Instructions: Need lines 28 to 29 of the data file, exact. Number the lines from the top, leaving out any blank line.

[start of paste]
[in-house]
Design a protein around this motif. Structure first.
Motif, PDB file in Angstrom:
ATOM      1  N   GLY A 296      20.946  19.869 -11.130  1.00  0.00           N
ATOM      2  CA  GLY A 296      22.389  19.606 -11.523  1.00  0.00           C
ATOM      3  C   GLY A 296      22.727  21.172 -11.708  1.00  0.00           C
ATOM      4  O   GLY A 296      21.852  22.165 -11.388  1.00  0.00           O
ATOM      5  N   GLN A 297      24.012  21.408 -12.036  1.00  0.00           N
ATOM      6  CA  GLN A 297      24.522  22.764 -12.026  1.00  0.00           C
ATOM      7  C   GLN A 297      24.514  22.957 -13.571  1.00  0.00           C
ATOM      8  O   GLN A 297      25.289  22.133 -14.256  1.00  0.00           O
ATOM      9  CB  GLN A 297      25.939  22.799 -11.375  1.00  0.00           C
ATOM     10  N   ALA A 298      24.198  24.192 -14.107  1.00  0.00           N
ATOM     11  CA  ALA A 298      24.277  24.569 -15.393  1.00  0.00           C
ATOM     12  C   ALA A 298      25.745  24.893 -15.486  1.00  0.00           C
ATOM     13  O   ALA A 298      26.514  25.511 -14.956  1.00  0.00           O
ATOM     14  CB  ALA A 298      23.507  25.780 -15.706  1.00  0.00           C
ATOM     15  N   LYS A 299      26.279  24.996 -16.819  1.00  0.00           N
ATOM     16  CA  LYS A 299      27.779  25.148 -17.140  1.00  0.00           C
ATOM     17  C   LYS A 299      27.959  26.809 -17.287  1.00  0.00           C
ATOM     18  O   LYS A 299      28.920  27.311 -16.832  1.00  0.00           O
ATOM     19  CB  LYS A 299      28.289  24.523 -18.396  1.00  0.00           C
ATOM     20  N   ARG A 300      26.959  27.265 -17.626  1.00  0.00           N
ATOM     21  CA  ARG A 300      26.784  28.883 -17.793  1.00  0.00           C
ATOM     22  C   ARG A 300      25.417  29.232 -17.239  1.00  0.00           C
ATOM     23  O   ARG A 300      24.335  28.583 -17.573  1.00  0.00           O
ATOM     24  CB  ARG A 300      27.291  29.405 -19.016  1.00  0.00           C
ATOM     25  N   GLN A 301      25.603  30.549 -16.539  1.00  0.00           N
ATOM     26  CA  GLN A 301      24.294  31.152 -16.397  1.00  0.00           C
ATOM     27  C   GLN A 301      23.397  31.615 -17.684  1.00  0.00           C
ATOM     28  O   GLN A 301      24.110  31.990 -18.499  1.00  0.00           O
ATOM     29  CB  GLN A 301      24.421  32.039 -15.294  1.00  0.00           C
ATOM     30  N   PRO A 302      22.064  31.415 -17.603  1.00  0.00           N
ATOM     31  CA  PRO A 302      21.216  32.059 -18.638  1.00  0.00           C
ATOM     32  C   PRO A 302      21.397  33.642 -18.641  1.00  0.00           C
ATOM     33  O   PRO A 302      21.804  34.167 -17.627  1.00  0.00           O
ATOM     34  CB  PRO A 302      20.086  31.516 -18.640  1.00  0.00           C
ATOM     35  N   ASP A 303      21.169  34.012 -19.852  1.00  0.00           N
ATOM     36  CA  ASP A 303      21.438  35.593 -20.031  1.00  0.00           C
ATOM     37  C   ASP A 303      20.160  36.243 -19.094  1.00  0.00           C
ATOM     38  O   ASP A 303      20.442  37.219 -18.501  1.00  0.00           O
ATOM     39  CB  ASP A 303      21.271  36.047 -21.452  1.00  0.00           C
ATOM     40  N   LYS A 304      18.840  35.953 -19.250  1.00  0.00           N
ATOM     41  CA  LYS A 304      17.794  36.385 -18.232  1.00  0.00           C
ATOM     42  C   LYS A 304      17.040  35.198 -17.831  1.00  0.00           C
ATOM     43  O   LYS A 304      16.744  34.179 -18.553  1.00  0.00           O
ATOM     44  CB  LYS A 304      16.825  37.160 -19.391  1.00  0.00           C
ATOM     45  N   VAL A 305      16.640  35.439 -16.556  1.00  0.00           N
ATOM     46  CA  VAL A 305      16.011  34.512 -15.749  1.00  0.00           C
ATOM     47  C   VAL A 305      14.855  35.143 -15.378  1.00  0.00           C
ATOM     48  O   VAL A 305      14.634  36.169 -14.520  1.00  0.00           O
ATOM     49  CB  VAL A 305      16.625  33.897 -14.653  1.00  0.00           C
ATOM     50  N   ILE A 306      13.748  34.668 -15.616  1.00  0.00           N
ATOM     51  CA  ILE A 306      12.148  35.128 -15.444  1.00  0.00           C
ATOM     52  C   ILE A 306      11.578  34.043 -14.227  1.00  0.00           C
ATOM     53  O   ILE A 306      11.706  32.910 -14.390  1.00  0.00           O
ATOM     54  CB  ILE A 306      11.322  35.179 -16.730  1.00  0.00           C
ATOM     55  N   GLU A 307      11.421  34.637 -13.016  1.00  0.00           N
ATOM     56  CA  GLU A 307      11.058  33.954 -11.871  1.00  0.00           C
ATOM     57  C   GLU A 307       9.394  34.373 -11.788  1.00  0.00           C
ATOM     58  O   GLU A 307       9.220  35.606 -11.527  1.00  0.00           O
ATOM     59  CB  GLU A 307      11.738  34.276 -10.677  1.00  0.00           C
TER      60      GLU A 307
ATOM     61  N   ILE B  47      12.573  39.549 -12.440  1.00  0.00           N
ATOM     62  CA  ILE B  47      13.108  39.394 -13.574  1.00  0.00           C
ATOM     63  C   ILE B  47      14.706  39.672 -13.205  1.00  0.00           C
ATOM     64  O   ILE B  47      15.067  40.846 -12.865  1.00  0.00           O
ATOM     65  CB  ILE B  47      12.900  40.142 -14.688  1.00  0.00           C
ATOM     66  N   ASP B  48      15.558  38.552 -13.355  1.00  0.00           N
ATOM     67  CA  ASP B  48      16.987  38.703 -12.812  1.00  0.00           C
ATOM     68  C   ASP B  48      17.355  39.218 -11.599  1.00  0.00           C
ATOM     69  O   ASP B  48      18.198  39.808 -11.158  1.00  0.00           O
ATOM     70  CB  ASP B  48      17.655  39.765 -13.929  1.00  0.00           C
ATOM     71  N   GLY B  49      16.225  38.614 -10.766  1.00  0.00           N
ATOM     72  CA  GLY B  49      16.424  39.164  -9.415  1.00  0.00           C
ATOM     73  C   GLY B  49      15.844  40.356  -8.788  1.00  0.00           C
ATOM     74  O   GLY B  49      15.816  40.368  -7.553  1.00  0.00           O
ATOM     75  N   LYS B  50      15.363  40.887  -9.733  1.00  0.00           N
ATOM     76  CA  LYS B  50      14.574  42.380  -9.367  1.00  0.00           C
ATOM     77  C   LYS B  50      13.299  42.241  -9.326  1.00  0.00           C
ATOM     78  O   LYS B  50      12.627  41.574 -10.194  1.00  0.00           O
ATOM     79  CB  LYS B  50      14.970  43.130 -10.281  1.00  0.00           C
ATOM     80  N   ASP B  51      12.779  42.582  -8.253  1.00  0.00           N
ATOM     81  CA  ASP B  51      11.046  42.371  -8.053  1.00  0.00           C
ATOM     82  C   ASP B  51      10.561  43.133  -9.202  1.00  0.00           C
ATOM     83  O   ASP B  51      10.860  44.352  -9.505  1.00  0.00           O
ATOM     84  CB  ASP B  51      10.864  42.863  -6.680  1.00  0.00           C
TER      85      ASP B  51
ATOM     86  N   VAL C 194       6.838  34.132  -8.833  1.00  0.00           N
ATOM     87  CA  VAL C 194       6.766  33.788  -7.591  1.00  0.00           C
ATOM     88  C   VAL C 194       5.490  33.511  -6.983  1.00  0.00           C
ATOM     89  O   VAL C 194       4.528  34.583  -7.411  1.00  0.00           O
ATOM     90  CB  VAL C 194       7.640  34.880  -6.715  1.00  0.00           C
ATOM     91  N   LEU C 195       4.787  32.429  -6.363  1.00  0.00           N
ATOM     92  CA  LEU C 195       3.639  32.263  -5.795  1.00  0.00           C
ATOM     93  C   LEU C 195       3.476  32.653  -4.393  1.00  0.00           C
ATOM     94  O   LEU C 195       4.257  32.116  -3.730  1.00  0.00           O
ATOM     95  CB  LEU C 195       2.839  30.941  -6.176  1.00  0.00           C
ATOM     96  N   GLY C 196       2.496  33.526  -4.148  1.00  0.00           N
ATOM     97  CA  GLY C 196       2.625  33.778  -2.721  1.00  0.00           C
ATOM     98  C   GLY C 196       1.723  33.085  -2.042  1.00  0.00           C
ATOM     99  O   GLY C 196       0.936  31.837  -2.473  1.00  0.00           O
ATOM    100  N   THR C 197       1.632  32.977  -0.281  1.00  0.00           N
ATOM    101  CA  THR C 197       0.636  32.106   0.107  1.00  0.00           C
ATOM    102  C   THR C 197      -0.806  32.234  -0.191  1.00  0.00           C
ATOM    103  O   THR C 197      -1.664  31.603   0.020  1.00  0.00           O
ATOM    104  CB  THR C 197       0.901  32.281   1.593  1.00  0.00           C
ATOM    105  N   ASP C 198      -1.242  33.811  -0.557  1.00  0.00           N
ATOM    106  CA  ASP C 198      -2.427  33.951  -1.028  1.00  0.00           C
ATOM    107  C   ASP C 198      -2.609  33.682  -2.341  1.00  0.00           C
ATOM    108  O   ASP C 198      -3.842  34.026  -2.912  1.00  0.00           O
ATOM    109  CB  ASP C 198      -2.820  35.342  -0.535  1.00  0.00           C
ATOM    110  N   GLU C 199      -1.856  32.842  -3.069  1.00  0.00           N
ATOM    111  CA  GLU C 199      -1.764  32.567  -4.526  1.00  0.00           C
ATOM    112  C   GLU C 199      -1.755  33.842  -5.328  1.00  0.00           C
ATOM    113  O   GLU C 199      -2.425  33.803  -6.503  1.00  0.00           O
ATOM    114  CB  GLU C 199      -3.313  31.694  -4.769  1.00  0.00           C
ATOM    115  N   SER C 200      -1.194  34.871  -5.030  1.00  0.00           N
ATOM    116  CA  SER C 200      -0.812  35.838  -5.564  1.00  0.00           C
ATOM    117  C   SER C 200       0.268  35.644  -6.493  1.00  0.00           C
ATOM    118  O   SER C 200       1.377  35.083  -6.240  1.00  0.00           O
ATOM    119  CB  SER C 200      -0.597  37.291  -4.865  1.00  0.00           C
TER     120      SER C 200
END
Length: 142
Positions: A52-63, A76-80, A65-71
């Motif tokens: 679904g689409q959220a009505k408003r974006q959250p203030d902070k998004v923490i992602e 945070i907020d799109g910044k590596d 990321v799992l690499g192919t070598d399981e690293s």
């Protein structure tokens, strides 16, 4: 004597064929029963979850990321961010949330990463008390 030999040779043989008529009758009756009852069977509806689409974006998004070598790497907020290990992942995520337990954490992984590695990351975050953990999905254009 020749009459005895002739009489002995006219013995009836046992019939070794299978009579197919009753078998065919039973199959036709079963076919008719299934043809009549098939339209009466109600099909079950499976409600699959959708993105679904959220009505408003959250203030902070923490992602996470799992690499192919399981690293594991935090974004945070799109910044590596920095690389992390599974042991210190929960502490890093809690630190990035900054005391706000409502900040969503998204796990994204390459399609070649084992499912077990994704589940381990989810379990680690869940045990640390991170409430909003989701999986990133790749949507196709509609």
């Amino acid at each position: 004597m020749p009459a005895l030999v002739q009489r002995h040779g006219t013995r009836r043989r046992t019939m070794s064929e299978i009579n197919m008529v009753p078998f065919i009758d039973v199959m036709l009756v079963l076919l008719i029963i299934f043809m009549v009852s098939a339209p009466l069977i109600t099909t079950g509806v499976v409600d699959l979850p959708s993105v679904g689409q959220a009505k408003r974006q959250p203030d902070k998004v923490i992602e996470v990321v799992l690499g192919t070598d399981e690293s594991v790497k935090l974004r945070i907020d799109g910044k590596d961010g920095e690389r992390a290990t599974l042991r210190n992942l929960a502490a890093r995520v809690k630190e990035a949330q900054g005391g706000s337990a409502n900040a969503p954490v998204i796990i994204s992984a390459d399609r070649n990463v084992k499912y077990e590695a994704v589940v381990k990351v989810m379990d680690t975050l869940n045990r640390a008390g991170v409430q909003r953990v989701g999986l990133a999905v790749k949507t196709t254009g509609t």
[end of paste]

ATOM     25  N   GLN A 301      25.603  30.549 -16.539  1.00  0.00           N
ATOM     26  CA  GLN A 301      24.294  31.152 -16.397  1.00  0.00           C